The University of Miami Football program allegedy commits NCAA violations, no one gives a shit.

August 18, 2011

‘The U’, as it’s affectionately called by illiterate players and idiot fans everywhere, is involved in a major NCAA violations scandal.  People everywhere collectively yawn.

It seems like everyone on the planet is realistic about powerhouse Division I football programs except for the governing body of powerhouse Division I football programs, the NCAA.  I’ve already voiced my distaste for that dirtbag organization here, and this is another great example of why I can’t stand the filthy animals that work at that office in Indiana.

Yes, that was a 'Home Alone' reference, if you were paying close attention.

Why does the NCAA bother me in this particular situation?  First, I feel like I need to establish that student-athletes are not ordinary people when they play a sport for a well renowned university.  Not on their campus, and not in the towns or cities where they attend school.  That’s just a fact of life.  Stop and consider for a moment that these are 18 to 20-something year old kids.  How do you think they’re going to handle being a local celebrity, let alone a national one?  Imagine yourself a college student again, eating in the cafeteria every day and drinking Old German beer at night.  If someone walked up to you and wanted to give you $1,000, no strings attached, you would take the money without thinking twice.  And personally, I don’t have a problem with that at all.  If you want to get your head smashed in by a bunch of Neanderthals for my entertainment (and for the NCAA’s profit), I feel that you should be compensated accordingly.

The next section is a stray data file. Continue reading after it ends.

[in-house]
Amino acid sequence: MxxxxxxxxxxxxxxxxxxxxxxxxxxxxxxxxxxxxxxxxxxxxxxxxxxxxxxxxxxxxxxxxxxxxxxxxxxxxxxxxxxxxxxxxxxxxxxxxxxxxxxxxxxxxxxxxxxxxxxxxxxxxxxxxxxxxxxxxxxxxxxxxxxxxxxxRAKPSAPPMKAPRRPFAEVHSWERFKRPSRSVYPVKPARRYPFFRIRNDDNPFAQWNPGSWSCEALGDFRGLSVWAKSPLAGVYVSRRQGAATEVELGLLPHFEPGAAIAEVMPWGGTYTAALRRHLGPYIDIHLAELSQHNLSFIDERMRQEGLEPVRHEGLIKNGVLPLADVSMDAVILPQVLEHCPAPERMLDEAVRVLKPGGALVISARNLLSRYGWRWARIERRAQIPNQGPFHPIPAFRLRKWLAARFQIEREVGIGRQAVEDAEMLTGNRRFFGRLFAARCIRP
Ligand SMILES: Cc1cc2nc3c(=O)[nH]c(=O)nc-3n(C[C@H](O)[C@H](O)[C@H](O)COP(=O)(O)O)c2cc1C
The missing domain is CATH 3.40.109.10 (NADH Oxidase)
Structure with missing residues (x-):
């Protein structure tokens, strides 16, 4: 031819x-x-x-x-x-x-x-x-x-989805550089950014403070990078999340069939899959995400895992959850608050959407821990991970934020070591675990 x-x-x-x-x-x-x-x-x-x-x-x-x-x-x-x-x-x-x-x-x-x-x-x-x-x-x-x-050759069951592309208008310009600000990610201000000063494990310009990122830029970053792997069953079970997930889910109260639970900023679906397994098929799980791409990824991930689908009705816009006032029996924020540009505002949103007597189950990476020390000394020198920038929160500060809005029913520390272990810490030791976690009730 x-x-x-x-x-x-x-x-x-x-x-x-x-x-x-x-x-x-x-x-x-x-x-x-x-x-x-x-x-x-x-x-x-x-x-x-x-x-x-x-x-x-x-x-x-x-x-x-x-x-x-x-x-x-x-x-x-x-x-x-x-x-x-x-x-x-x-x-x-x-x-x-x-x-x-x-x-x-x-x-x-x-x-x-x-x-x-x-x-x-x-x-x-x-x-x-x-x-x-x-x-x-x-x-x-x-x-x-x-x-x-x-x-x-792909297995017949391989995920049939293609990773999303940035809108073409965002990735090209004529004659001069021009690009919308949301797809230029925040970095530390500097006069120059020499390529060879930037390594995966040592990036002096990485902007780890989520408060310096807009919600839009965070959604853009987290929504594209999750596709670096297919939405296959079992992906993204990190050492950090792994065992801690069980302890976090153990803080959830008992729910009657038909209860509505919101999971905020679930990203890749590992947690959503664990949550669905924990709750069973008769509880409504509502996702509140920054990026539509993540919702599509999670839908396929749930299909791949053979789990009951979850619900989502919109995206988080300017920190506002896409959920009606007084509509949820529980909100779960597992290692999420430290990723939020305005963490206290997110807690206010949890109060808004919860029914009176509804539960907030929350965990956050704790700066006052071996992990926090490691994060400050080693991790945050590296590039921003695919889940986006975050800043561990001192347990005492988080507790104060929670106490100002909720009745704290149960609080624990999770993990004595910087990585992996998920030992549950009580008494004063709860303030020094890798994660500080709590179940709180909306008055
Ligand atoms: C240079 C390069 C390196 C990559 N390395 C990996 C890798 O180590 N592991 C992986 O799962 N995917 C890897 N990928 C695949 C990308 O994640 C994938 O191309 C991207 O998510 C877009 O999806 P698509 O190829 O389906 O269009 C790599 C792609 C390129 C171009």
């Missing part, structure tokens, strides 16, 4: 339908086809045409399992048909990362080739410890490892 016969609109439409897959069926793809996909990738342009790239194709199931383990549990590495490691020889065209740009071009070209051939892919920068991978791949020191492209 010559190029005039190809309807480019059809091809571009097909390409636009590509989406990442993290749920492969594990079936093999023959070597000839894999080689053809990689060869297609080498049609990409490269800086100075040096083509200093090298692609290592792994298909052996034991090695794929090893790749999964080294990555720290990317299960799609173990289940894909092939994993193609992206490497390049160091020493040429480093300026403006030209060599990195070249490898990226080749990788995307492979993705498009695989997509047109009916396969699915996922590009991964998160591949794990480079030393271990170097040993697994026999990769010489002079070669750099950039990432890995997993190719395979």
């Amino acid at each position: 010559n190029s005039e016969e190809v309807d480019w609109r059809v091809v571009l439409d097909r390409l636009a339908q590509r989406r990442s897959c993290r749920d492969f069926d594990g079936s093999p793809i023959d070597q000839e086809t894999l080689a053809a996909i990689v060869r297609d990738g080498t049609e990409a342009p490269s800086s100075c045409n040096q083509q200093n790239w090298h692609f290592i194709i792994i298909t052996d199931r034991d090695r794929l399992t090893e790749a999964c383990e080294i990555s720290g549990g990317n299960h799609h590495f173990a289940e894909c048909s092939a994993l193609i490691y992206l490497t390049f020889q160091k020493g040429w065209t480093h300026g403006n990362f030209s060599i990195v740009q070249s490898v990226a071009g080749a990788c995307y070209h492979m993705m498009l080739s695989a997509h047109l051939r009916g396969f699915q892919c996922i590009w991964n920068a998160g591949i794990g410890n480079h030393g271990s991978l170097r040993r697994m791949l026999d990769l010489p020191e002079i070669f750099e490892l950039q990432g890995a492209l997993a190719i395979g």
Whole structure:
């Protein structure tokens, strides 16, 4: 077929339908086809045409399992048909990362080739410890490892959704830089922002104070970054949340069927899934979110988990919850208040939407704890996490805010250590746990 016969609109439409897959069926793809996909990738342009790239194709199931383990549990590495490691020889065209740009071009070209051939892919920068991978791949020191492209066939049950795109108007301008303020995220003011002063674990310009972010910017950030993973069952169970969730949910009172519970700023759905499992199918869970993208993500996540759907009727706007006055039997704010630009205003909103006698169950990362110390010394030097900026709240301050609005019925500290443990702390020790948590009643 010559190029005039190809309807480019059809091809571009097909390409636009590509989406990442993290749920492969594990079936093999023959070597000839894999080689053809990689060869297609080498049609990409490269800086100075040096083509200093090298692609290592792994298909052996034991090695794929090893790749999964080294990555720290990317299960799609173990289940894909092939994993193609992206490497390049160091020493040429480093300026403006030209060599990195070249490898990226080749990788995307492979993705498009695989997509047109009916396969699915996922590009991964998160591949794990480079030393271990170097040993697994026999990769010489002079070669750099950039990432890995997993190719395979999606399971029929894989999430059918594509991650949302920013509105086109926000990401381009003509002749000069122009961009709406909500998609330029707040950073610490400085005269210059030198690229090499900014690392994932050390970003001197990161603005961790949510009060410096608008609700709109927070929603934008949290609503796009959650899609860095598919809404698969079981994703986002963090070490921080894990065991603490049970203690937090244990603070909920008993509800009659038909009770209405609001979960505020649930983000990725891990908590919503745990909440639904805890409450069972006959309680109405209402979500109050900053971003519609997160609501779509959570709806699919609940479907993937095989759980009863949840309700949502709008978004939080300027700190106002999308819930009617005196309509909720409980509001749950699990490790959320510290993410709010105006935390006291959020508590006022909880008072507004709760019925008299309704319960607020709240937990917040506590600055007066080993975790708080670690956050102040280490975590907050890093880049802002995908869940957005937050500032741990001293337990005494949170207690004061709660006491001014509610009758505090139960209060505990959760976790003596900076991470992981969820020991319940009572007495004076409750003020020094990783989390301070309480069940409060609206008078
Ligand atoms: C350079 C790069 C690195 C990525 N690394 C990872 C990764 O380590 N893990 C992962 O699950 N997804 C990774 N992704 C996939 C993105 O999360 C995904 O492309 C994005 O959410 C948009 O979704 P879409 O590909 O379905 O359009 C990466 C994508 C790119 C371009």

And why shouldn’t college athletes, especially football players, be compensated for the services that they provide?  Miami football can cram 75,000-plus fans into Sun Life Stadium each week, generating millions of dollars of revenue for the University and the NCAA.  Maybe in a fantastic draft class five kids are taken by NFL teams out of the 60 or so ‘student athletes’.  And I hate when people say, ‘Well, they’re getting a free college education.  They shouldn’t get paid.’  That’s horse shit.  The rest of those football players who don’t go to the NFL will have to find real jobs with their college educations.  Take a look at a study conducted by the Wall Street Journal and consider how many of those kids actually earn degrees that will be practical in helping them secure a job once they leave college.  (Sorry to those 103 liberal arts majors, but it’s a tough job market out there.)  Those kids’ jobs are to be football players.  If the NCAA really wanted to take care of its student athletes, they’d pull that stick out of their asses and pay to let every student athlete go back to school after they graduate so they can actually focus on earning a practical degree.

So I guess the crux of my hatred for the NCCA stems from the fact that as an organization, they have no problem pimping out these ‘student athletes’ on television.  In fact, and though no one in the NCAA will ever admit it, they probably don’t have that big of a problem with players receiving fringe benefits, like a little cash here-and-there, or access into a night club, or, dare I say a car, as long as no one is the wiser.  Once some nosy reporter starts poking around, however, it seems like that’s when everyone starts jumping on their moral high horses.  Just stop and think for a minute.  Do you really think that there were zero violations going on at the University of Miami, which is located in Miami, Florida, before 2002?

I'm sure no student-athletes were making questionable choices in the city of Miami before 2002, right NCAA?